this court's direction, responded to McGhee's filing.
(ECF Nos. 18; 19; 20.) Based on the City's response, this
court recommended that McGhee's Rule 55 motion be denied.
(ECF No. 21.) Neither party filed objections, and the
district judge entered an order adopting the R&R and
denying the motion for entry of default and for a default
judgment. (ECF No. 22.) The City now moves for dismissal
pursuant to Federal Rule of Civil Procedure 12(b)(6). (ECF
McGhee's complaint is titled “Negligence Complaint,
” it appears that he is asserting a violation under 42
U.S.C. § 1983. (ECF No. 1 at 1.) McGhee alleges that on
May 27, 2017, false charges against him were dismissed in
state court. (Id.) McGhee alleges that he was
“arrested without probable cause or physical
evidence” and that the “City of Memphis failed to
properly train police officers in collecting evidence to
ensure an arrest with probable cause.” (Id.)
McGhee asserts that the “City and police were negligent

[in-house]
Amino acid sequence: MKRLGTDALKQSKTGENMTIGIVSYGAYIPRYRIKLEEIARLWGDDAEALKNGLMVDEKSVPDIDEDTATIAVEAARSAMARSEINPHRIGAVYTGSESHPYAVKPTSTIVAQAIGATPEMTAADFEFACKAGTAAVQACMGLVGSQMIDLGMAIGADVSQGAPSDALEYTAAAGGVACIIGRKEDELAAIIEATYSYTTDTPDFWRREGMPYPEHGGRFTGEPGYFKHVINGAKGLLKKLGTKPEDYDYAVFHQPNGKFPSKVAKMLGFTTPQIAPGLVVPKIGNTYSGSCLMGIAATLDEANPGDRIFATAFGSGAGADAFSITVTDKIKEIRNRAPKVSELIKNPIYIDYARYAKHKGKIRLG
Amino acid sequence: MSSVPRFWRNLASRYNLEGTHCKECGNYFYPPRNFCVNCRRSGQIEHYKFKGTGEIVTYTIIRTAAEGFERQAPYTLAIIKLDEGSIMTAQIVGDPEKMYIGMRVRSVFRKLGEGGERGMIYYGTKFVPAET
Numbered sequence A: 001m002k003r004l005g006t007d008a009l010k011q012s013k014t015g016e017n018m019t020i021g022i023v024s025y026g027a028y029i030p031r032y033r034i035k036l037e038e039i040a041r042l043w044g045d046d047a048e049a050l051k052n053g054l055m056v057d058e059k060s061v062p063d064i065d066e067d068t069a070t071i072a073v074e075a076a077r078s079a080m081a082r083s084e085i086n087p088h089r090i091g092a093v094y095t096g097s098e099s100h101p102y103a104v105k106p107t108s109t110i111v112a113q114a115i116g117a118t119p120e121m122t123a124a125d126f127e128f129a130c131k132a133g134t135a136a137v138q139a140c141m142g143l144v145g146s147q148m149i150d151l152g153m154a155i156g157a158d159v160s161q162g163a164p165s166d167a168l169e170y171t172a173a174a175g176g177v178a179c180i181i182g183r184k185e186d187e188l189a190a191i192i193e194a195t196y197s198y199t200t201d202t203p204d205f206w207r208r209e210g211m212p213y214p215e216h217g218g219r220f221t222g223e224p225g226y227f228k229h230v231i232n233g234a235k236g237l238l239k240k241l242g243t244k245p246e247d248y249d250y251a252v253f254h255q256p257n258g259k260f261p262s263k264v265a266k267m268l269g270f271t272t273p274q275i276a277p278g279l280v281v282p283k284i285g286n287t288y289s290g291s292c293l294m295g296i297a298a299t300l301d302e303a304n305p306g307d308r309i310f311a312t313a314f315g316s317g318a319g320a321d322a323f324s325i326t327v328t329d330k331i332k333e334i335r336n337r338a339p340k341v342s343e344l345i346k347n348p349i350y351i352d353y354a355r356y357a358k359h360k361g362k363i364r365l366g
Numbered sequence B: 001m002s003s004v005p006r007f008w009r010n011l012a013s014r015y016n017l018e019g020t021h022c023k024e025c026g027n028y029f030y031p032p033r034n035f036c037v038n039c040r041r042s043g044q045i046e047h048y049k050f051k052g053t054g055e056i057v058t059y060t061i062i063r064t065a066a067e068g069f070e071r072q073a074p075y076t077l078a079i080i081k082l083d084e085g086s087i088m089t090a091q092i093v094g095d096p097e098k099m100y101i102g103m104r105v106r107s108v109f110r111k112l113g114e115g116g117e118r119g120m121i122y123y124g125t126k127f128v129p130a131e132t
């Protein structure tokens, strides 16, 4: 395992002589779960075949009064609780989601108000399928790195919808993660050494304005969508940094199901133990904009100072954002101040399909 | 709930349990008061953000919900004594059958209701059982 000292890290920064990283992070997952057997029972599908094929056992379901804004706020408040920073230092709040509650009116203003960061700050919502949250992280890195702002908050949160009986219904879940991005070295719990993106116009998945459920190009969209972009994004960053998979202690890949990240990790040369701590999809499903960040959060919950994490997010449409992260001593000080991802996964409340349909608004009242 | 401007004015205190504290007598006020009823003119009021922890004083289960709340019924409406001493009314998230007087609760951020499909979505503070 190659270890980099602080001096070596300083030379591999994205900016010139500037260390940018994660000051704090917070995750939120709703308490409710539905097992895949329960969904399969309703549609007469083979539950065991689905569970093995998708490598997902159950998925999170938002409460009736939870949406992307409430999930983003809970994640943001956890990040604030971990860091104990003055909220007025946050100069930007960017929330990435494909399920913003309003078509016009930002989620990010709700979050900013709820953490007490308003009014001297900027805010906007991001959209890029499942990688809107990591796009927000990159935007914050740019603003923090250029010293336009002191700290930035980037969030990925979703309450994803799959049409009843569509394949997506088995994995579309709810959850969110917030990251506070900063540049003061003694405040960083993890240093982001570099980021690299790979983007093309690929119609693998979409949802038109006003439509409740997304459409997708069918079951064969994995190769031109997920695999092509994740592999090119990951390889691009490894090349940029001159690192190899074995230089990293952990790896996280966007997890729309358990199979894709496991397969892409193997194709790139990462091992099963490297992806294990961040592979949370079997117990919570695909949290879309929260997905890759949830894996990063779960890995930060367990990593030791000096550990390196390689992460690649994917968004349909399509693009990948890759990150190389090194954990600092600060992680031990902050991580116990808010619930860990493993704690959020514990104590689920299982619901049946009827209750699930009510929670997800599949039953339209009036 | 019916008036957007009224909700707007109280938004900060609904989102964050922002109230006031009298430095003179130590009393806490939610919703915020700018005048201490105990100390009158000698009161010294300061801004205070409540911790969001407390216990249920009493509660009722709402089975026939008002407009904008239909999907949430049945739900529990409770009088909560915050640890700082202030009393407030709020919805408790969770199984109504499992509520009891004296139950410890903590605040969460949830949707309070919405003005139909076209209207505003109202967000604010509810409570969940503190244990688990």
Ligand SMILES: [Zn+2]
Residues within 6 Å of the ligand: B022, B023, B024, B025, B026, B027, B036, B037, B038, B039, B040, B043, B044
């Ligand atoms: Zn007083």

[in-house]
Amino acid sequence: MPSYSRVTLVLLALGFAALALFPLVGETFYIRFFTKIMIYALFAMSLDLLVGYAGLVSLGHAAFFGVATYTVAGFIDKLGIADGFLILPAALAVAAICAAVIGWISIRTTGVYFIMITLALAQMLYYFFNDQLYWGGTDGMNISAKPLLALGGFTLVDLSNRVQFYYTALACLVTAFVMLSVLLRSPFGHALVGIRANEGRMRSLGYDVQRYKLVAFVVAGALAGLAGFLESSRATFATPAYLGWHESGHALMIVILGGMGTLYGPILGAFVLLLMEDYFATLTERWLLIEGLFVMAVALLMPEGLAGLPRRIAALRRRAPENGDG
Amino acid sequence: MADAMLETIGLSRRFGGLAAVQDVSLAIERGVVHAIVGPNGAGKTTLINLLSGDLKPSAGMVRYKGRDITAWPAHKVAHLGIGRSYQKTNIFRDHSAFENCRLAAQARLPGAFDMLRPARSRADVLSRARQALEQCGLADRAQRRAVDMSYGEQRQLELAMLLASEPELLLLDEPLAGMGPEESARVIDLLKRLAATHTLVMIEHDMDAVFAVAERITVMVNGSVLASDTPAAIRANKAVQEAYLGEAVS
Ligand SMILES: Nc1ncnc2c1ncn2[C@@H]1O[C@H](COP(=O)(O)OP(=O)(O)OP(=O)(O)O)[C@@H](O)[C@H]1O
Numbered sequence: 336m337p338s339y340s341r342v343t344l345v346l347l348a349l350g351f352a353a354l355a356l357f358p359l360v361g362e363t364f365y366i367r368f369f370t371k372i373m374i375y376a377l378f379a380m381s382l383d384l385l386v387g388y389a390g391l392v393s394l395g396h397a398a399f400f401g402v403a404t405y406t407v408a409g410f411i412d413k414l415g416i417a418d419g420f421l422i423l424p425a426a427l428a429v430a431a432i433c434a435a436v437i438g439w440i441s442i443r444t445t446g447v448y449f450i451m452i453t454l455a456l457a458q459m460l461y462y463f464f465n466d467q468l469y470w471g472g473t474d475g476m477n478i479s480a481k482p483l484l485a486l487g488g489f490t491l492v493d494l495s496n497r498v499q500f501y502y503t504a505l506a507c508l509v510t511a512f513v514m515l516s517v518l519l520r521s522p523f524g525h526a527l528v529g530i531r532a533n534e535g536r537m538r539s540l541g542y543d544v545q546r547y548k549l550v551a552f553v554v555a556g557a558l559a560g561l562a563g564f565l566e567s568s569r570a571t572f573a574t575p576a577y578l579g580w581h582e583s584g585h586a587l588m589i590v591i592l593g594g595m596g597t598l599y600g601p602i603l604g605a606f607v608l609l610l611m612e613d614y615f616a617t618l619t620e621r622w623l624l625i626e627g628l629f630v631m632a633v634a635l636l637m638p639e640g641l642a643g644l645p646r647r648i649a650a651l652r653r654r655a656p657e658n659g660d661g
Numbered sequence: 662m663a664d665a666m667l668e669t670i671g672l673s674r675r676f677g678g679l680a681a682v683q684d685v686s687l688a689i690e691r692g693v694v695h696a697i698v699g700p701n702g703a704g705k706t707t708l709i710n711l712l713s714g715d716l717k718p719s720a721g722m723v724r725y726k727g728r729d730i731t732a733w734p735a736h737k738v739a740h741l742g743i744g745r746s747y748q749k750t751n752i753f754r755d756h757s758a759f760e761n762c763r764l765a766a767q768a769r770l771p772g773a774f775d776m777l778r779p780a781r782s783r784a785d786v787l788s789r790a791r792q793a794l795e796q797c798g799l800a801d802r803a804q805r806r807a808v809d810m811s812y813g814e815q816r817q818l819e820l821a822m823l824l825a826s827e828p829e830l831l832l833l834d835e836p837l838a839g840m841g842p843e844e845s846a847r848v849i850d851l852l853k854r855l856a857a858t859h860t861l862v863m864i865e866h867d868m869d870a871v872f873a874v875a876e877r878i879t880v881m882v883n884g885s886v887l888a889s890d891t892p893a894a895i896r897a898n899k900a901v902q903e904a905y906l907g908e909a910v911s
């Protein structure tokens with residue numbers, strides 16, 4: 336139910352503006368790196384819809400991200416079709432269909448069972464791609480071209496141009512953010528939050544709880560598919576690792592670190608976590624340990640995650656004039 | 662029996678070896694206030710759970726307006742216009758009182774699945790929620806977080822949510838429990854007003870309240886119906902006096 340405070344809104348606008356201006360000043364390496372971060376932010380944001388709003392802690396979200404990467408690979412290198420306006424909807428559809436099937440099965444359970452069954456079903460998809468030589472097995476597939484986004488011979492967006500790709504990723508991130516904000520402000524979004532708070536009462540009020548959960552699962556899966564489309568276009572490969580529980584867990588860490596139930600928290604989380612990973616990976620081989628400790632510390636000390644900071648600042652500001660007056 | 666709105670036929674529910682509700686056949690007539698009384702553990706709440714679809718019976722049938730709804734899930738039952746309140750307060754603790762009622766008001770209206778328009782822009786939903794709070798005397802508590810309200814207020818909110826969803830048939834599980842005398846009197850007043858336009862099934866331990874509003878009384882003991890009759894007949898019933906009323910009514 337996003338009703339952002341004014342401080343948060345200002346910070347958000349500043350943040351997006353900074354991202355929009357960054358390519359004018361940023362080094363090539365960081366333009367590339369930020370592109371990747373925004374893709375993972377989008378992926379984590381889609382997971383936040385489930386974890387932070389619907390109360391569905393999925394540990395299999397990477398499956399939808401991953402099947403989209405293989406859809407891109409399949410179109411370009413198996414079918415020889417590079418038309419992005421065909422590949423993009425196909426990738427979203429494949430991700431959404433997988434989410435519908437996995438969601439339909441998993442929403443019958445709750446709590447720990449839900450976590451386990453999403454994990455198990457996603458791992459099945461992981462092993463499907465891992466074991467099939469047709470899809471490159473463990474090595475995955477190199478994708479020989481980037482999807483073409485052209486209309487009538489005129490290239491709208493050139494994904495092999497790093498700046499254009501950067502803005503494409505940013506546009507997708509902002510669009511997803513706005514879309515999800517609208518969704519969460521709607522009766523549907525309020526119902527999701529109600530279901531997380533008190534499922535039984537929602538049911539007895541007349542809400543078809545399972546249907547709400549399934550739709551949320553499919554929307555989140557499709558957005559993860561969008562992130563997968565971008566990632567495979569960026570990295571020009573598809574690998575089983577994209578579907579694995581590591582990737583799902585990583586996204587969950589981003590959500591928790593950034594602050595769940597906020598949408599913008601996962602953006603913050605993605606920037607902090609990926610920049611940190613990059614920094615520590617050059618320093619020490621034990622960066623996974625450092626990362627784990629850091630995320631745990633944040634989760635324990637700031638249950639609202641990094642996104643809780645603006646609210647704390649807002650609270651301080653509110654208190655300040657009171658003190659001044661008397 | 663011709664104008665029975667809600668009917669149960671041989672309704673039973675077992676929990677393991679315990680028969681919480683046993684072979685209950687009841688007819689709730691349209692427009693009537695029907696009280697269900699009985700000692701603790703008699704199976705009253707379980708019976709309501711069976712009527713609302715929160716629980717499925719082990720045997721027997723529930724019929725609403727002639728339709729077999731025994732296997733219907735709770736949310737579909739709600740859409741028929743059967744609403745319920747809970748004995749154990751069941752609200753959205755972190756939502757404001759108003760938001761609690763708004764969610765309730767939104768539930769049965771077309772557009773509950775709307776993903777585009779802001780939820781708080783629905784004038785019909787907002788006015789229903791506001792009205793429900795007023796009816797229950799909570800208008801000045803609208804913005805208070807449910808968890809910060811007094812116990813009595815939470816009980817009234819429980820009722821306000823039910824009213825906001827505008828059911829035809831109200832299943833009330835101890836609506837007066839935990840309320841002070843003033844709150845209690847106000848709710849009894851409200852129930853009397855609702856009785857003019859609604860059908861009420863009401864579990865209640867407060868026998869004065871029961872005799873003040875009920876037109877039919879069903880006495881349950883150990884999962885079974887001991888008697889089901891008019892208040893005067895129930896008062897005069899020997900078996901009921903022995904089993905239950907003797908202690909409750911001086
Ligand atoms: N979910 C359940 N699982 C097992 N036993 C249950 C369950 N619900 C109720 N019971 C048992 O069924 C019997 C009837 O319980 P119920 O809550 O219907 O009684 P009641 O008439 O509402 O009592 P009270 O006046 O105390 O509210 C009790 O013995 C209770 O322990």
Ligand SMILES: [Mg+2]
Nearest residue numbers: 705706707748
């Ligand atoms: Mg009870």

because they failed to tag evidence into Shelby [County]
jail.” (Id.) According to McGhee, “[t]he
City and police knew or should have known that evidence is
important in making a lawful arrest.” (Id. at
PROPOSED CONCLUSIONS OF LAW
order to avoid dismissal for failure to state a claim,
“‘a complaint must contain sufficient factual
matter, accepted as true, to state a claim to relief that is
plausible on its face.'” Allen v.
Alexsander, No. 19-1315, 2019 WL 4667707, at *2 (6th
Cir. Sept. 12, 2019) (quoting Ashcroft v. Iqbal, 556
U.S. 662, 678 (2009)); see also Fed.R.Civ.P.
12(b)(6). “A claim is plausible on its face if the
‘plaintiff pleads factual content that allows the court